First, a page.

Celli Swings For Success

Federico Celli Photo Courtesy of MLB Properties

In 2017 Italian national team player Federico Celli was back in Italy playing for his hometown Rimini Baseball Club. Those of you who have followed his career in our In The MLB series know that he was released by the Dodgers over the summer of 2016.

Celli’s career began in Rimini. After signing with the MLB in 2012, at age 17, he spent all of that, and the next season, still at home. In 2014, he played in the AZL rookie league. Over 17 games he hit .343. In 2015 he was advanced to the The Great Lake Loons (A) and then the Rancho Cucamongo Quakes (A+). Over the season he had 60 at bats and a .232 average.

In 2016 Federico started the season back in the Great Lakes but was reassigned to extended spring training and finally sent to short-season rookie ball with the Ogden Raptors after posting a .091 average in 29 at bats. He spent just two games in Ogden, where his average was .429 over 7 at bats, before being released in the middle of the season.

Celli returned to Italy to begin the 2017 season with Rimini once again. That is where, he told EBSM, he finally found his swing.

In the regular season Celli hit .320 over 34 games with 125 at bats. His numbers included 24 runs off 40 hits with 8 doubles, 2 triples and 4 homeruns. He also walked 23 times and stole 11 bases. During the playoffs Celli accumulated a .368 average over 5 games and 19 at bats with 3 runs, 7 hits, and an RBI. In the final 3-game series he had 9 at bats with a .556 average with 4 runs off 5 hits, including a double, and 5 RBIs.

On defense he had 4 errors in the regular season bringing his percentage down to .940 with 61 putouts and 2 assists on 67 catches but in both the semi’s and finals, he was perfect on the field closing his final 8 games with a 1.000 fielding percentage.

Celli was not only playing in Italy this summer. He spent part of June in Regengsburg, Germany participating with Rimini in the European Championship. He then headed to London for their 4th of July MLB Battlegrounds event where he emerged home run derby champion.

We sat down with Federico to talk about the season and learned he has his sights set on another chapter in the MLB.

When did you return to Italy?

I came back in February to begin spring training. Before that, I was staying with my girlfriend in the States. Last year I got released in June. I stayed on for a few months but I didn’t find a team right away. During the off-season Rimini called and they were like, ‘Hey, I heard about the release. Do you want to come and play with us?’ I’m from Rimini so that’s why I came back.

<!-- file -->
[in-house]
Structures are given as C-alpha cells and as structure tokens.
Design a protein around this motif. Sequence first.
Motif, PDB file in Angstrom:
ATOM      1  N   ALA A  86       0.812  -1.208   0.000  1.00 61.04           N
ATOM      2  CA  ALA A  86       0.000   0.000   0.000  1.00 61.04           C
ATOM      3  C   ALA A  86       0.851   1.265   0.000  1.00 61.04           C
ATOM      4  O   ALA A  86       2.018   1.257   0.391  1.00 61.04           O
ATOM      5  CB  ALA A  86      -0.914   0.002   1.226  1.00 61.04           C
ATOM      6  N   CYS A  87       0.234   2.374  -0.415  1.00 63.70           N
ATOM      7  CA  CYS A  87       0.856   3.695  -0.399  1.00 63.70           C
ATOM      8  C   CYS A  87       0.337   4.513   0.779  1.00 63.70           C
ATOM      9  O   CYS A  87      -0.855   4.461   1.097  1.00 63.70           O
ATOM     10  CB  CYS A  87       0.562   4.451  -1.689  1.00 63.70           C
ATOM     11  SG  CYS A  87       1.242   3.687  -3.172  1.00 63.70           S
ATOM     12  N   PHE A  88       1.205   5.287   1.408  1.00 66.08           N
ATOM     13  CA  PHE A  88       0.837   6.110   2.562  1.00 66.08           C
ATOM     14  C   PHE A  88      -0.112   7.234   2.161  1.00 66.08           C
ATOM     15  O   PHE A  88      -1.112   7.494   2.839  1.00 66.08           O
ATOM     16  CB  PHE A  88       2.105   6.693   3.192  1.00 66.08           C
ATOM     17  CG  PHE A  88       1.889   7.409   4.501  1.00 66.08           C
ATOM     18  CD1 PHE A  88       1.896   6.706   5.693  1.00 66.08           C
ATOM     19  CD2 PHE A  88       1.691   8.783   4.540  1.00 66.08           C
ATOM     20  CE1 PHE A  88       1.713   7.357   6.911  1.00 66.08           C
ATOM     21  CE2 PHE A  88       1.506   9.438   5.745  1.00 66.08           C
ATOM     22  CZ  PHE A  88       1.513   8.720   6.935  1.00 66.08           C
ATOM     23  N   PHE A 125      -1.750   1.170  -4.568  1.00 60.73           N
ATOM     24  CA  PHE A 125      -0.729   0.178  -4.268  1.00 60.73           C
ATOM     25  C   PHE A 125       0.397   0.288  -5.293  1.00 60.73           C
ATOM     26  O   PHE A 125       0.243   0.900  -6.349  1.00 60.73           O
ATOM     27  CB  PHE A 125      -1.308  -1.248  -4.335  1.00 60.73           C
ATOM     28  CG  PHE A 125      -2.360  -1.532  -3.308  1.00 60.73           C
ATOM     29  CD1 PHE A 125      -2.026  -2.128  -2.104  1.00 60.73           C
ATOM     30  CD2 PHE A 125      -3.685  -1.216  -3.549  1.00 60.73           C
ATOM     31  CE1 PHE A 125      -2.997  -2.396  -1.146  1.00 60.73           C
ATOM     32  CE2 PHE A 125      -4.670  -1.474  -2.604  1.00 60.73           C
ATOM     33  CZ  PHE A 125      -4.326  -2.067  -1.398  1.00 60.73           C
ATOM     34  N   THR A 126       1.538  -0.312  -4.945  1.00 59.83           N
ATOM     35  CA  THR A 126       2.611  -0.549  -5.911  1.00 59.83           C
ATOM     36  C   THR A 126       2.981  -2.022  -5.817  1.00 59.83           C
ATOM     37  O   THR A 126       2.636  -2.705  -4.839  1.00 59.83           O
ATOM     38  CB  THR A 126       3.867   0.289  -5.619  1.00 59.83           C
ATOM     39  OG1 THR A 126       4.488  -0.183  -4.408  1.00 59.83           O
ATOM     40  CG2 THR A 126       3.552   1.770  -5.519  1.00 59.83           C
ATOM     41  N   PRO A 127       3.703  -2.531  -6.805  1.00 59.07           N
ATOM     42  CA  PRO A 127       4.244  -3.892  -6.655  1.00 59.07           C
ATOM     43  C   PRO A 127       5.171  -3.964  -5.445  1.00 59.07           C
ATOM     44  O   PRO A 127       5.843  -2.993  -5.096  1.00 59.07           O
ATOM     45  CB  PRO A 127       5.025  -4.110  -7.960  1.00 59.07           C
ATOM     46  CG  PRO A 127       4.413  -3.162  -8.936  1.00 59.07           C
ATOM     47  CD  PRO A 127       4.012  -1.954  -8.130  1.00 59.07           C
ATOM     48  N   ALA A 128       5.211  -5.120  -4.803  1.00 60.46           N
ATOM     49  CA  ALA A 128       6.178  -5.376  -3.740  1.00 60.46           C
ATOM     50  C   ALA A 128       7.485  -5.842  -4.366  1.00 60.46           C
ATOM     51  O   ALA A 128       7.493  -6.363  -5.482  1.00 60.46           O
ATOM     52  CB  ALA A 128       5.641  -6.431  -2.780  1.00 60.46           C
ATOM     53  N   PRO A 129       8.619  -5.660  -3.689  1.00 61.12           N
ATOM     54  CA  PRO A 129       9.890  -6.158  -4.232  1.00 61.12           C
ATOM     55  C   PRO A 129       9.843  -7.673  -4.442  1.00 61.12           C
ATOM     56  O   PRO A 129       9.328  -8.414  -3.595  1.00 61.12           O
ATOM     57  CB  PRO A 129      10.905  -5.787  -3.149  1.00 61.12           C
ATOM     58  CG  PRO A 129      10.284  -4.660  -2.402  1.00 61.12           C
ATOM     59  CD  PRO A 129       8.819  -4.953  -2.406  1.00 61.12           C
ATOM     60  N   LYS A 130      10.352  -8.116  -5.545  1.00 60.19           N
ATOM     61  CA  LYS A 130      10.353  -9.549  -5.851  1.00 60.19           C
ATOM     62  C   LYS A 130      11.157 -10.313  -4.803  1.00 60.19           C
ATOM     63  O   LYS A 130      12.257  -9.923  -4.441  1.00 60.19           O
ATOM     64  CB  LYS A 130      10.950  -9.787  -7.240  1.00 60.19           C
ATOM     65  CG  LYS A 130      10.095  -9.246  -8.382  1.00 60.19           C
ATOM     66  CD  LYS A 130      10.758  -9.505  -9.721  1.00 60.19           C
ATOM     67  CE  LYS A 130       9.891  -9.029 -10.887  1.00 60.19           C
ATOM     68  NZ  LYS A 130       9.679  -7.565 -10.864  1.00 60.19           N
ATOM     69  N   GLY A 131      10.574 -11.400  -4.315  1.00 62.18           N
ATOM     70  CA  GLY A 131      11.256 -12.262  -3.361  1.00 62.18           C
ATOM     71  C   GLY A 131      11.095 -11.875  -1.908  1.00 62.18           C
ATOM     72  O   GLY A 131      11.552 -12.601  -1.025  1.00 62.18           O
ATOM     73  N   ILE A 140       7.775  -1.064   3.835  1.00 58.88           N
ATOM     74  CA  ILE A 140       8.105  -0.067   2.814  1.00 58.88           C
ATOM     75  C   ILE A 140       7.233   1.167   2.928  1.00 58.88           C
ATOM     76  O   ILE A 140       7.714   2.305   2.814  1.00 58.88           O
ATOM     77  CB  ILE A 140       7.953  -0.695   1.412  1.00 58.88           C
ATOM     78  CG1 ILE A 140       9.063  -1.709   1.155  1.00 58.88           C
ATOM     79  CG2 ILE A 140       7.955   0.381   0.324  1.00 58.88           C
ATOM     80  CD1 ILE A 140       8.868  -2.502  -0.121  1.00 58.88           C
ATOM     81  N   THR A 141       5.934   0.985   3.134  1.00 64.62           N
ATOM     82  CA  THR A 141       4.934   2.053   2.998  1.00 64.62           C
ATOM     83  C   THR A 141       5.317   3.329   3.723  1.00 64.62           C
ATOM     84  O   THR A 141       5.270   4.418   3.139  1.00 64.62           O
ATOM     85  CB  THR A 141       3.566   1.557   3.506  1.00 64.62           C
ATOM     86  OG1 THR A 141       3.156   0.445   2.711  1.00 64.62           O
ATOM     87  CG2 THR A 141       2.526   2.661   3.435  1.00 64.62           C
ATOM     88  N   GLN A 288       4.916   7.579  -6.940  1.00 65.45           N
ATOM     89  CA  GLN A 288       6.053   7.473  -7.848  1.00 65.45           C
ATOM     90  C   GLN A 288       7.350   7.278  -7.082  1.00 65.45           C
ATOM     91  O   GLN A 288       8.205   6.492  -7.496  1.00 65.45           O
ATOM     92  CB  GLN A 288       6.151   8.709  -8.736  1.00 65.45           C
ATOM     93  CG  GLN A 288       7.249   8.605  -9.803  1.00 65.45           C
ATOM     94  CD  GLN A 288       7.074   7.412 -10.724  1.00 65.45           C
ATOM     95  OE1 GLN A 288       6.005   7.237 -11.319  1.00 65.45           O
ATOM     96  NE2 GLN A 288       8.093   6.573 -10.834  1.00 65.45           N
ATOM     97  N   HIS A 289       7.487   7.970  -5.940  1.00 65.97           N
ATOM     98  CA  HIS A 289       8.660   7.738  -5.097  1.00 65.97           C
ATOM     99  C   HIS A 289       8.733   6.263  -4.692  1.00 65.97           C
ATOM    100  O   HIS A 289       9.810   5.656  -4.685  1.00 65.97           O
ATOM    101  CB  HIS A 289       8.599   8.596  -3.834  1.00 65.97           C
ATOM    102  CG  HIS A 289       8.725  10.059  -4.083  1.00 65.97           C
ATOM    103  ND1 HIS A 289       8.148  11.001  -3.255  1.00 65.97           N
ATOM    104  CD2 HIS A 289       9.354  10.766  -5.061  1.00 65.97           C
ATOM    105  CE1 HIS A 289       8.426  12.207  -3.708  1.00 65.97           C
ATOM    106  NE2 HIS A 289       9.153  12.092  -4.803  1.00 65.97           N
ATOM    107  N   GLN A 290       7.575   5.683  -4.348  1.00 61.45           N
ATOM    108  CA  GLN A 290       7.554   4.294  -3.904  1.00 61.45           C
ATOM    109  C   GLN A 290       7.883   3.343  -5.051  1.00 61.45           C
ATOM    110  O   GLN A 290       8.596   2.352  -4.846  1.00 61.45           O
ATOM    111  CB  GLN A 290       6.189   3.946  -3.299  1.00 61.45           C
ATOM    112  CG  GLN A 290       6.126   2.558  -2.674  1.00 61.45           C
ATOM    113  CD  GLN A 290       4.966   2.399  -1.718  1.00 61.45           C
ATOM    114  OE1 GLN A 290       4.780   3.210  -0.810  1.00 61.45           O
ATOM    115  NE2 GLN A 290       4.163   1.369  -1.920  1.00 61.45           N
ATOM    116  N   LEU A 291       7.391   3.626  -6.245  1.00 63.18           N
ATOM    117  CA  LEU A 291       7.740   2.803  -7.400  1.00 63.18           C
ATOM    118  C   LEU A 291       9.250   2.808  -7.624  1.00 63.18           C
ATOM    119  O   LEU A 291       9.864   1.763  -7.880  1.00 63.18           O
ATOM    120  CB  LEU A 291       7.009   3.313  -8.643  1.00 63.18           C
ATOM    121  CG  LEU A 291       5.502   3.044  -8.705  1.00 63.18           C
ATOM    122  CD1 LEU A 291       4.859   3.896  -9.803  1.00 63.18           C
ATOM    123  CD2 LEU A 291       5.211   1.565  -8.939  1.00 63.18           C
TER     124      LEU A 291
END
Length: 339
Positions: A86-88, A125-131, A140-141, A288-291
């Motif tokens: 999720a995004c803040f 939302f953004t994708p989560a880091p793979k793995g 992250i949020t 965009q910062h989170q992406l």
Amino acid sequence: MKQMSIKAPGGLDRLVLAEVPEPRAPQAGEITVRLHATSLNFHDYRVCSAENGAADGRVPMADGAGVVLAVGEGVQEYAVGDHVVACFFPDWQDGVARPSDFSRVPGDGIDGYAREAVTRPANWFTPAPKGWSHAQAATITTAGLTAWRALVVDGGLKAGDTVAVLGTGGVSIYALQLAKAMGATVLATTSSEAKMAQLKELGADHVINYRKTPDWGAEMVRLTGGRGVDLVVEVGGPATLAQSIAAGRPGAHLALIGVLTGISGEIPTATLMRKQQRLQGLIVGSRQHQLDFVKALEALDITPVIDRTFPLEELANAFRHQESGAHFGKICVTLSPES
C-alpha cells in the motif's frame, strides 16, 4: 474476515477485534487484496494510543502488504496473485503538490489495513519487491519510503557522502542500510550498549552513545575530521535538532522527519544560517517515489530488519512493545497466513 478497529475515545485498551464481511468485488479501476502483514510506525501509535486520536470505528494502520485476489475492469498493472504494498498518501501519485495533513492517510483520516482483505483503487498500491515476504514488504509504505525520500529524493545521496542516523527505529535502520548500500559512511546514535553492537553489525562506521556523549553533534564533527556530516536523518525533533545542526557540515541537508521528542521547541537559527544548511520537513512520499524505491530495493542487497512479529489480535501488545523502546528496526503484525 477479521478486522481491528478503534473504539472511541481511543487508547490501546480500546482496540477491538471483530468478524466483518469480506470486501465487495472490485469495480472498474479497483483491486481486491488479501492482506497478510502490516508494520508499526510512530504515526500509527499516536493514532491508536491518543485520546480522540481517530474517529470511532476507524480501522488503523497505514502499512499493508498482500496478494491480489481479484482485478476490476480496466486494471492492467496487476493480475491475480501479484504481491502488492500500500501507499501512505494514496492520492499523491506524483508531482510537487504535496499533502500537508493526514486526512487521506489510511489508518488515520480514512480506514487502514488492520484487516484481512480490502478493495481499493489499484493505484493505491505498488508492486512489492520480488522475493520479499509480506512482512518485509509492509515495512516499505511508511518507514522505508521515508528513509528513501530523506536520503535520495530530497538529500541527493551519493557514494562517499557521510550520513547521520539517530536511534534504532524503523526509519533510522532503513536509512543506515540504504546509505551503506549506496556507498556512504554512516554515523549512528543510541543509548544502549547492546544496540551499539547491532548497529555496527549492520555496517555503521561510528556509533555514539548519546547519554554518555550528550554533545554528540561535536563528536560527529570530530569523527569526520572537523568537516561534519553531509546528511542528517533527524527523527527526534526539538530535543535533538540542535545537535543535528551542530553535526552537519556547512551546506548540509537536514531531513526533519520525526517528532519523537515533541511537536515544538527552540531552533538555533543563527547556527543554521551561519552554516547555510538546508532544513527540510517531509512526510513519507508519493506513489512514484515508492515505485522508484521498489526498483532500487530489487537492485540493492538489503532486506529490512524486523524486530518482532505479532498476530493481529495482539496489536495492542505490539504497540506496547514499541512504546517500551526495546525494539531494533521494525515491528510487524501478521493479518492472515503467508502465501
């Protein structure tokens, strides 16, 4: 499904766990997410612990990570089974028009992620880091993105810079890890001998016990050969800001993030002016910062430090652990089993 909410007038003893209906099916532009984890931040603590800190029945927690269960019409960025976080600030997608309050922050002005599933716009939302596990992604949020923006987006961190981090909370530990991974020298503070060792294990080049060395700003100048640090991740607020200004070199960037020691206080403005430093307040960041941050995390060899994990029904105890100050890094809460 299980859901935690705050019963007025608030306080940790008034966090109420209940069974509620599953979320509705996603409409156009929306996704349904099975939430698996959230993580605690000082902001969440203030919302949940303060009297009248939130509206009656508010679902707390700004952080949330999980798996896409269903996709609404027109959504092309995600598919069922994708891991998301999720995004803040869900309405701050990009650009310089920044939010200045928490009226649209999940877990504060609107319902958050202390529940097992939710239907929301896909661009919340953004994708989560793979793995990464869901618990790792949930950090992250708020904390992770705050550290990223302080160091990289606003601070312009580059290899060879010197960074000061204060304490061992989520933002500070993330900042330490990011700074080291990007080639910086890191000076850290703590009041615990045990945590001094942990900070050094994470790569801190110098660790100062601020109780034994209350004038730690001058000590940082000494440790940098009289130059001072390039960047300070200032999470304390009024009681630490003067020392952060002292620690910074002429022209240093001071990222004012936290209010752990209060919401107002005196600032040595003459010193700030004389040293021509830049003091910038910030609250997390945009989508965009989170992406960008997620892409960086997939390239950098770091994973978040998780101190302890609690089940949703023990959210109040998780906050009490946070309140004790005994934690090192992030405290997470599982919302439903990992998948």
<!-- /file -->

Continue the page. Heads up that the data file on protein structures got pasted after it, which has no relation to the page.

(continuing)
I had a good season this year so hopefully, that will bring me to some teams either in the United States or basically anywhere.

Tell us about the experience in Italy this season.

The regular season was really crazy because we had ups and downs. We were at risk of to not make the playoffs at all. Winning streaks and losing streaks, and more losing streaks than winning streaks, then we finally made it to the playoffs.

In the playoffs everything changed. Here in Italy we have eight teams and the first four teams make the playoffs. We were 4th and played against the 1st, Bologna. The same team that we lost the championship to last season.

They had a really great team, like an amazing team. Monster line up, really good on defense, probably they were missing a little pitching. But if you were looking up their statistics during the regular season you were like, ‘Wow.’ There was nothing to say. They were doing great all year.

I think the key moment was, when we got to the playoffs. We played the first game of the semi-finals and we won against them. We played a crazy game. A big comeback in the 8th I guess it was, the score was like 4-1 and we ended up winning. Then we won game two and so we were leading two games out of five.

We won those first two games on the road. Then we lost two at home. We won game five so then we got to the final. We were on a roll. It was just one of those kind of moments where everything works out. The hitting works. The pitching works out. In the regular season it was like, the pitchers are working well but we’re not getting any hits or if we were getting a lot of hits then pitching was not helping a lot. In the playoffs, for some reason, everything was just all together and we played really good. Then we won the championship.

And you were the MVP of the championship?

Yep. I got the MVP of the final series. I did really good. Overall – regular season, semi-finals and finals - it was a good season. Then I won the MVP so it was a really good year.

Federico Celli Awarded MVP of the 2017 IBL Championship Series PC: Lauro Bassani

Anything that was different playing back at home that made the season fun?

My family was at the game and watching the playoffs. That makes you feel good, but for them, you know. To me it really doesn’t matter just as long as I’m playing baseball.

Is there anything you miss about being in the US now that you’re home?

Yes, all the games that I was playing there.

It sounds like you had a life started in the US so why the transition back?

I was motivated to come back. Honestly I didn’t really like the way that they released me. I couldn’t understand why. Well, yes, I get it. It’s a business so players come and players go.

I decided to use this season to keep playing and to stay in shape. I was like, ‘Okay, let’s go back and play for one year.’

Now I can feel I am different than what I was when I was with the Dodgers. I feel like I have improved. My goal is to go back and play somewhere.

How do you think you were able to improve your game in Europe?